Culture of cronies
A surprise appointment at the troubled New Statesman – Jonathan Derbyshire has been given the prestigious new title of culture editor, overseeing arts and books. Jonathan who? Indeed. Derbyshire is a lecturer in philosophy at Anglia University and although considered a good writer is not known to have any editorial experience beyond a stint as reviews editor for The Philosophers' Magazine. So how did he get the job? As it happens, Derbyshire is a contributing editor of Granta, the literary quarterly edited by Jason Cowley, above, until he left ... to edit the Staggers. Piccolo mondo!
Emotional? Paxman? Never
Wednesday brought disappointing news for Jeremy Paxman when the BBC finally admitted the US version of Newsnight had been axed. Paxo could be forgiven for drowning his sorrows but instead, there he was, bravely presenting the UK show that night. Viewers who thought he seemed tired and emotional were quite wrong, according to the BBC. "That is definitely not the case," says a spokesman, "Absolutely not."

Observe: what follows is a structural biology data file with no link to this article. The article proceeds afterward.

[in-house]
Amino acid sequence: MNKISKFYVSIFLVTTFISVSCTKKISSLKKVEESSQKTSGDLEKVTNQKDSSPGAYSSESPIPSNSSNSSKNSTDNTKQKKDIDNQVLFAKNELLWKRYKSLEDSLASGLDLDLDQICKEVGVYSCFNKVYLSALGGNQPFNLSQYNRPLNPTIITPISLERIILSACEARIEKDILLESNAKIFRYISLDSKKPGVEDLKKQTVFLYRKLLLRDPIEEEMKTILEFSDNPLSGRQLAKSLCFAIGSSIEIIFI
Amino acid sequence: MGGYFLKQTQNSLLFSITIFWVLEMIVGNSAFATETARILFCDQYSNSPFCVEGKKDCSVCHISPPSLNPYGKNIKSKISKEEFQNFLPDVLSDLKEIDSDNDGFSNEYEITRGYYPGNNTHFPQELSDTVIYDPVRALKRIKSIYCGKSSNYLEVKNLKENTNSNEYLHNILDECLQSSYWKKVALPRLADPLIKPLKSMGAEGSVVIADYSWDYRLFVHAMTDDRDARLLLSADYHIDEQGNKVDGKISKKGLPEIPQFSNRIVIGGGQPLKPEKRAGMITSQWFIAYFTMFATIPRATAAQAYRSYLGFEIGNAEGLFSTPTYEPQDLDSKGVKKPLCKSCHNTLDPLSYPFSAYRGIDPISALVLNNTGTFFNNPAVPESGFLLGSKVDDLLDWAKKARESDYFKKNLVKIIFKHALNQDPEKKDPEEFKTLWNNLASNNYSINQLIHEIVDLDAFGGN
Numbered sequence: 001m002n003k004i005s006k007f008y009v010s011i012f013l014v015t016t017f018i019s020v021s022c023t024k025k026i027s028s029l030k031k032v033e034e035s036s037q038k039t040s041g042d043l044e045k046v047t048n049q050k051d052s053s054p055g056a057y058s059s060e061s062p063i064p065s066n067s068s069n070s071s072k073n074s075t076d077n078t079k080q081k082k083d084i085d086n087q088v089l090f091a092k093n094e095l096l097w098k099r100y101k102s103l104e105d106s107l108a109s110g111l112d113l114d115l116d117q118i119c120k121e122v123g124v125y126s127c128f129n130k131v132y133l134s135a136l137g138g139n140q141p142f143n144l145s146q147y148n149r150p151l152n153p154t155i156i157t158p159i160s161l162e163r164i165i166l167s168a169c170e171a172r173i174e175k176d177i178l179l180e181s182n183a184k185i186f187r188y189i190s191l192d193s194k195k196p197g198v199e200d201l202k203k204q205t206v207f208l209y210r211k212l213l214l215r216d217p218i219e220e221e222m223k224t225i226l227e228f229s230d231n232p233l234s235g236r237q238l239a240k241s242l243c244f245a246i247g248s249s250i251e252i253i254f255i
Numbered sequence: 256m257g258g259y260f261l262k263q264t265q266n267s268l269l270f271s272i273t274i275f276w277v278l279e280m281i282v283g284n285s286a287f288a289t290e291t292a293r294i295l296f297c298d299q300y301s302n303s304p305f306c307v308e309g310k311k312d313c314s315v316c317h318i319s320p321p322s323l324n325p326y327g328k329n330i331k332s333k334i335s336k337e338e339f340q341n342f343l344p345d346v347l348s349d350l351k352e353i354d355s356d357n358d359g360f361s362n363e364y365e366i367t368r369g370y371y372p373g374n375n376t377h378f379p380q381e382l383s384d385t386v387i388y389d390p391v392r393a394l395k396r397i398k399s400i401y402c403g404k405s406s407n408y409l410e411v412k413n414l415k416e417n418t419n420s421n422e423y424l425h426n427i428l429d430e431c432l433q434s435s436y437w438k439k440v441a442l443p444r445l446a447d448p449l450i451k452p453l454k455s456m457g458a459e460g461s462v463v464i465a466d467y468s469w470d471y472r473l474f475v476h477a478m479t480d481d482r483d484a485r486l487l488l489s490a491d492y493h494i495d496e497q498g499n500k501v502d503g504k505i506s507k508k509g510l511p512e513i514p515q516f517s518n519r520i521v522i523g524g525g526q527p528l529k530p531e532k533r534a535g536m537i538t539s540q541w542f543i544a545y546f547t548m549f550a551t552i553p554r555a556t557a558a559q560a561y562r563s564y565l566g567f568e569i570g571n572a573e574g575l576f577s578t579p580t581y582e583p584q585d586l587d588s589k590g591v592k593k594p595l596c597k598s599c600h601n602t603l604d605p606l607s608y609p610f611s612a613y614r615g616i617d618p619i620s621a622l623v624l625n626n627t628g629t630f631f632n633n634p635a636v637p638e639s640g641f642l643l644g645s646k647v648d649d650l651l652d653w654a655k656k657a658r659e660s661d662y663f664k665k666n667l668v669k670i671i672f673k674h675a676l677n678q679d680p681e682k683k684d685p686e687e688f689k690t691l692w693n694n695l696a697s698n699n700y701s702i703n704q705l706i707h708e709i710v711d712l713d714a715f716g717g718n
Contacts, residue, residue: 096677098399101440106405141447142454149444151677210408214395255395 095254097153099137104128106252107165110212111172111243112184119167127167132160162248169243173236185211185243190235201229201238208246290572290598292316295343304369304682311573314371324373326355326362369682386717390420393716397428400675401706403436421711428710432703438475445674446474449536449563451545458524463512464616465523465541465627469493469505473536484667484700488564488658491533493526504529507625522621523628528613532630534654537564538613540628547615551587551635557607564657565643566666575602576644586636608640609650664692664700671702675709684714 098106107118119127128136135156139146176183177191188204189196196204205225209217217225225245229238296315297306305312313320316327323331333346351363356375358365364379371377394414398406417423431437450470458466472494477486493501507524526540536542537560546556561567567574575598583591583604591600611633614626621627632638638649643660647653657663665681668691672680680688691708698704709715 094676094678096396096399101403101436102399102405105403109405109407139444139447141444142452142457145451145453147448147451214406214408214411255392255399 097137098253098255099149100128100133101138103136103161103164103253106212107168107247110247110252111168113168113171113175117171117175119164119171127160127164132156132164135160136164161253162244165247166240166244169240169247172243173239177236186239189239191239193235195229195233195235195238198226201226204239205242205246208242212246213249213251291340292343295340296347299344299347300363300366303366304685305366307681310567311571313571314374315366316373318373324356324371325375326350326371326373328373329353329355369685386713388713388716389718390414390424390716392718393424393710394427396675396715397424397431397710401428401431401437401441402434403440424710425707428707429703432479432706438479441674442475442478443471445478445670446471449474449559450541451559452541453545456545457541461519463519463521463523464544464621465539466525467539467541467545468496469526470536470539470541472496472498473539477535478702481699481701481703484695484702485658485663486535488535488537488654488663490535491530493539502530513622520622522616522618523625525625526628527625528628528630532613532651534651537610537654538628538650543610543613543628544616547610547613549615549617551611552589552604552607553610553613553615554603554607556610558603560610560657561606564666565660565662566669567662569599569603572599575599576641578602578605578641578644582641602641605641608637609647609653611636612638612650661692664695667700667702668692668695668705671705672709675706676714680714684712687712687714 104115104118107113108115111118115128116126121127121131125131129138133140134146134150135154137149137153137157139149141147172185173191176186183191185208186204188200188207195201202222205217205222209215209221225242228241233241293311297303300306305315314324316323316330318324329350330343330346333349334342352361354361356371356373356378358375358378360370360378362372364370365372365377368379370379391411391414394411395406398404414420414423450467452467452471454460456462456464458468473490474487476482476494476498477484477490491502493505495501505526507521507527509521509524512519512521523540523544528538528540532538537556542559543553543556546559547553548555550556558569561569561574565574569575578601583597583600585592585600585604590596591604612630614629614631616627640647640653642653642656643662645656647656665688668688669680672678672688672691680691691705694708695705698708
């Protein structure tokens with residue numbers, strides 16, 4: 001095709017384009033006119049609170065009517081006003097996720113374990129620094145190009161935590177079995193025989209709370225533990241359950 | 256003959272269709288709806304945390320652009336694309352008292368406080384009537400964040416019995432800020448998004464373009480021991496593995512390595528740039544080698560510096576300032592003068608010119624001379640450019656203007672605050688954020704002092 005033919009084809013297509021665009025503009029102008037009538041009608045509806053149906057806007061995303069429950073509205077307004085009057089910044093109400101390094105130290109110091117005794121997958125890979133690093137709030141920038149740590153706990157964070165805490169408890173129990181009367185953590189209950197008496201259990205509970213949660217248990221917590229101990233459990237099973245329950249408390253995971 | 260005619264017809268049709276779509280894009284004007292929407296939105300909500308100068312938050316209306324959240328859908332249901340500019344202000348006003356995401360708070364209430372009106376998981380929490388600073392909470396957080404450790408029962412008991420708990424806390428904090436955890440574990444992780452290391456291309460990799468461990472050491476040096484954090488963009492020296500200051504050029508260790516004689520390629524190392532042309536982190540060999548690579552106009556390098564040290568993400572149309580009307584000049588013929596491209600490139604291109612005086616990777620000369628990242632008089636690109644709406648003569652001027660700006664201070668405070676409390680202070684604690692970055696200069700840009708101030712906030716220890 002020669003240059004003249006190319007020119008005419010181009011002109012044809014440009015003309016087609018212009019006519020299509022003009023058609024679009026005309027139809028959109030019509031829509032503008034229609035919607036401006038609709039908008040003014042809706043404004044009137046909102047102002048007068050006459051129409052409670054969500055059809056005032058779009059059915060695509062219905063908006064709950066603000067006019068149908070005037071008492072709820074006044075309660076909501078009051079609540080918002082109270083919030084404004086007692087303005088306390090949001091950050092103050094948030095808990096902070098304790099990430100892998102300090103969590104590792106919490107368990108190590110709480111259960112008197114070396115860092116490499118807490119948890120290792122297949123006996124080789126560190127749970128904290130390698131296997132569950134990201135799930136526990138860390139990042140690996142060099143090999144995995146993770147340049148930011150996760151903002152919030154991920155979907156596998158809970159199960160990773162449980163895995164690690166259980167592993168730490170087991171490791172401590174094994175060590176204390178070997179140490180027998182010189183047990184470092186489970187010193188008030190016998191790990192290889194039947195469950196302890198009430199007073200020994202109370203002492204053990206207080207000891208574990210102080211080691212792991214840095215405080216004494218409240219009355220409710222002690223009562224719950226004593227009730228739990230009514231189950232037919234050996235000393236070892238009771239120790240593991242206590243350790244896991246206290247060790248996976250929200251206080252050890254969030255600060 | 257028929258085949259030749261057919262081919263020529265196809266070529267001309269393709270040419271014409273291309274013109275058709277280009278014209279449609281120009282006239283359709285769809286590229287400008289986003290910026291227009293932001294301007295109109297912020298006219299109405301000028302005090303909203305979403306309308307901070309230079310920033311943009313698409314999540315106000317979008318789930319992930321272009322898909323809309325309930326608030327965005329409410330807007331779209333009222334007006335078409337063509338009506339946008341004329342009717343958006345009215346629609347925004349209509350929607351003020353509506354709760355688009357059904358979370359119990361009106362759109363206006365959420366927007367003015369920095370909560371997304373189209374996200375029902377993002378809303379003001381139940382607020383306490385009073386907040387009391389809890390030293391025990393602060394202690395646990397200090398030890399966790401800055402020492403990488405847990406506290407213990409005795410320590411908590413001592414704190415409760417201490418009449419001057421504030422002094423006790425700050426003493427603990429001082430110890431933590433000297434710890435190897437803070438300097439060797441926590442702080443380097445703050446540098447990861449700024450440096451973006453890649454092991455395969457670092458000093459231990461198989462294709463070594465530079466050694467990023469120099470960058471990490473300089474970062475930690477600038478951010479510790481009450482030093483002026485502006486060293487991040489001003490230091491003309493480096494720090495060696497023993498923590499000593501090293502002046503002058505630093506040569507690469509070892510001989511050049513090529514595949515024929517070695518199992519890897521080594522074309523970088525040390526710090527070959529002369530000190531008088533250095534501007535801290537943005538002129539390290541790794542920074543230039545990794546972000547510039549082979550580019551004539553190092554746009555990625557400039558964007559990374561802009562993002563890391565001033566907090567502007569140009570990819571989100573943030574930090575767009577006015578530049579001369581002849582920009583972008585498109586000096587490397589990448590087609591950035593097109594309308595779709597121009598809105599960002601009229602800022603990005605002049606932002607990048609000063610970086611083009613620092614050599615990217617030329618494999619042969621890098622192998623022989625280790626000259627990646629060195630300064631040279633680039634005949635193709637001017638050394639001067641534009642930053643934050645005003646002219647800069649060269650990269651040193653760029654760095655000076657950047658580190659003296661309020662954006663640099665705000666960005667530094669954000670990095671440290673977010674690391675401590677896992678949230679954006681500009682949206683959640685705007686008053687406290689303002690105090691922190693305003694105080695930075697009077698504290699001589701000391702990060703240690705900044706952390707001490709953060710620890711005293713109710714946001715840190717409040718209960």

A welcome in the Valleys
We've all been there – it's a colleague's leaving do, you have a pint or three, then you fall asleep on the train home. But pity David Morgan, the chief-sub at The Sun, who got on the train home to Reading recently and woke up in Swansea at 5am. That left him barely enough time to make it to back into Wapping for his next day's shift. Cheers!
Exit, hubris, stage left
Sunday Express theatre critic Mark Shenton, chairman of the Critics' Circle, has been loftily denouncing lay journalists who dare venture into theatre reviewing. He and his opposite number on the FT, Ian Shuttleworth, take the view that theatre criticism is a learned art. But what's this? In his blog for The Stage, Shenton reveals that before going freelance seven years ago he was not even a journalist, but rather a management suit at the Press Association so, er, not even a proper hack.
Cutting edge of journalism
Former Guardian hack Joanna Coles, right, is being called the new Anna Wintour, having swept in to New York as US editor of Marie Claire. Now she has her own reality TV show, Running With Scissors, which has been getting much publicity from her old paper. But her screen ambitions weren't always so easily fulfilled. Those with long memories will recall her stint as co-host on The Spin, a BBC arts show commissioned to replace the much-loved Late Show. Alas The Spin was deemed so poor only six episodes were made.
Much more to Manchester
Good to see Mike Agar enjoying himself as graphics editor at the Daily Telegraph. Having previously worked at The Observer and IoS, Agar is considered hot property in graphics. But what's this? A huge graphic in Friday's paper on the Manchester bomb plot showed a map of the city centre with a key showing an inch representing 1,000 miles. Oops!